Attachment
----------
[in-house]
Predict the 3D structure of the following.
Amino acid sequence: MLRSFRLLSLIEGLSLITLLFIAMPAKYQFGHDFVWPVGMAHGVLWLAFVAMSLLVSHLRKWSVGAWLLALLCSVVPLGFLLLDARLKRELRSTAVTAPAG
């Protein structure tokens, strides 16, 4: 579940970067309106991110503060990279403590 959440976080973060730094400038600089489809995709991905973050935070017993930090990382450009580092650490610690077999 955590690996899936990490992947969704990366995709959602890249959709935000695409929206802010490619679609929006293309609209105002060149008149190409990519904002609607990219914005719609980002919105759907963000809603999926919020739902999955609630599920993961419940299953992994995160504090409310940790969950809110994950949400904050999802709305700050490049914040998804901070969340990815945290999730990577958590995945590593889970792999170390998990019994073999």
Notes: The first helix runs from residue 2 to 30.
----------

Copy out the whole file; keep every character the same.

[in-house]
Predict the 3D structure of the following.
Amino acid sequence: MLRSFRLLSLIEGLSLITLLFIAMPAKYQFGHDFVWPVGMAHGVLWLAFVAMSLLVSHLRKWSVGAWLLALLCSVVPLGFLLLDARLKRELRSTAVTAPAG
């Protein structure tokens, strides 16, 4: 579940970067309106991110503060990279403590 959440976080973060730094400038600089489809995709991905973050935070017993930090990382450009580092650490610690077999 955590690996899936990490992947969704990366995709959602890249959709935000695409929206802010490619679609929006293309609209105002060149008149190409990519904002609607990219914005719609980002919105759907963000809603999926919020739902999955609630599920993961419940299953992994995160504090409310940790969950809110994950949400904050999802709305700050490049914040998804901070969340990815945290999730990577958590995945590593889970792999170390998990019994073999």
Notes: The first helix runs from residue 2 to 30.